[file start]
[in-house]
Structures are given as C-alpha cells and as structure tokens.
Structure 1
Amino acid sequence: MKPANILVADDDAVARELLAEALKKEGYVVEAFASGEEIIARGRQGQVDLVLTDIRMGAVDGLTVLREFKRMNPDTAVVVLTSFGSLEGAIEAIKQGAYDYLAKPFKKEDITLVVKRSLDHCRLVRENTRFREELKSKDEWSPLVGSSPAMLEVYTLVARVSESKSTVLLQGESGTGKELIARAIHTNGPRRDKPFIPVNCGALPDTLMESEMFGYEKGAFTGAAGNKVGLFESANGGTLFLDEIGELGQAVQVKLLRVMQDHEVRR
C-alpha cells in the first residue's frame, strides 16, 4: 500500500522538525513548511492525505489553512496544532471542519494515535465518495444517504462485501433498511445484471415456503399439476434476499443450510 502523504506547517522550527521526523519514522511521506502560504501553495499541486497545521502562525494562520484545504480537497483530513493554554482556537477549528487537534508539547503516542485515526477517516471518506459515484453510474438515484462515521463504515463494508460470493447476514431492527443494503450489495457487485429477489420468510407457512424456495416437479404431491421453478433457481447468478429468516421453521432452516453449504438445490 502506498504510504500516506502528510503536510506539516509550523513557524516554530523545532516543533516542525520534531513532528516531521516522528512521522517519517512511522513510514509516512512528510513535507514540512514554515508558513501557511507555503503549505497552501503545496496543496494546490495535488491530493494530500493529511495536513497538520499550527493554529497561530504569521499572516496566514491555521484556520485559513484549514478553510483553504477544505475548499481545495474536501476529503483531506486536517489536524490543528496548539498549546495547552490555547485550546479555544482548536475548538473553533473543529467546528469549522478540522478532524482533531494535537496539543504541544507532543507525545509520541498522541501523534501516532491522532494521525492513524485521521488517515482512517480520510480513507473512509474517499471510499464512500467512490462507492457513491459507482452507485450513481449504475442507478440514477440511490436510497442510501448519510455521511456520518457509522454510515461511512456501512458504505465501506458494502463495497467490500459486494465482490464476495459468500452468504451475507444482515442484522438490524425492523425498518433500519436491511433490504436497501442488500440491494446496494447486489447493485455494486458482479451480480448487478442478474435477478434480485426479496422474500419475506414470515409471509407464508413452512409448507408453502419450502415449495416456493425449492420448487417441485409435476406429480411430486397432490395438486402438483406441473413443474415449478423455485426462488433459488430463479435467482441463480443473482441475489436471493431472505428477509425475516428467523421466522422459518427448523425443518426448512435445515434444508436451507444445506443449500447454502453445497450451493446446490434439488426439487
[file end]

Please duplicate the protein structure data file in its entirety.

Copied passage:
[in-house]
Structures are given as C-alpha cells and as structure tokens.
Structure 1
Amino acid sequence: MKPANILVADDDAVARELLAEALKKEGYVVEAFASGEEIIARGRQGQVDLVLTDIRMGAVDGLTVLREFKRMNPDTAVVVLTSFGSLEGAIEAIKQGAYDYLAKPFKKEDITLVVKRSLDHCRLVRENTRFREELKSKDEWSPLVGSSPAMLEVYTLVARVSESKSTVLLQGESGTGKELIARAIHTNGPRRDKPFIPVNCGALPDTLMESEMFGYEKGAFTGAAGNKVGLFESANGGTLFLDEIGELGQAVQVKLLRVMQDHEVRR
C-alpha cells in the first residue's frame, strides 16, 4: 500500500522538525513548511492525505489553512496544532471542519494515535465518495444517504462485501433498511445484471415456503399439476434476499443450510 502523504506547517522550527521526523519514522511521506502560504501553495499541486497545521502562525494562520484545504480537497483530513493554554482556537477549528487537534508539547503516542485515526477517516471518506459515484453510474438515484462515521463504515463494508460470493447476514431492527443494503450489495457487485429477489420468510407457512424456495416437479404431491421453478433457481447468478429468516421453521432452516453449504438445490 502506498504510504500516506502528510503536510506539516509550523513557524516554530523545532516543533516542525520534531513532528516531521516522528512521522517519517512511522513510514509516512512528510513535507514540512514554515508558513501557511507555503503549505497552501503545496496543496494546490495535488491530493494530500493529511495536513497538520499550527493554529497561530504569521499572516496566514491555521484556520485559513484549514478553510483553504477544505475548499481545495474536501476529503483531506486536517489536524490543528496548539498549546495547552490555547485550546479555544482548536475548538473553533473543529467546528469549522478540522478532524482533531494535537496539543504541544507532543507525545509520541498522541501523534501516532491522532494521525492513524485521521488517515482512517480520510480513507473512509474517499471510499464512500467512490462507492457513491459507482452507485450513481449504475442507478440514477440511490436510497442510501448519510455521511456520518457509522454510515461511512456501512458504505465501506458494502463495497467490500459486494465482490464476495459468500452468504451475507444482515442484522438490524425492523425498518433500519436491511433490504436497501442488500440491494446496494447486489447493485455494486458482479451480480448487478442478474435477478434480485426479496422474500419475506414470515409471509407464508413452512409448507408453502419450502415449495416456493425449492420448487417441485409435476406429480411430486397432490395438486402438483406441473413443474415449478423455485426462488433459488430463479435467482441463480443473482441475489436471493431472505428477509425475516428467523421466522422459518427448523425443518426448512435445515434444508436451507444445506443449500447454502453445497450451493446446490434439488426439487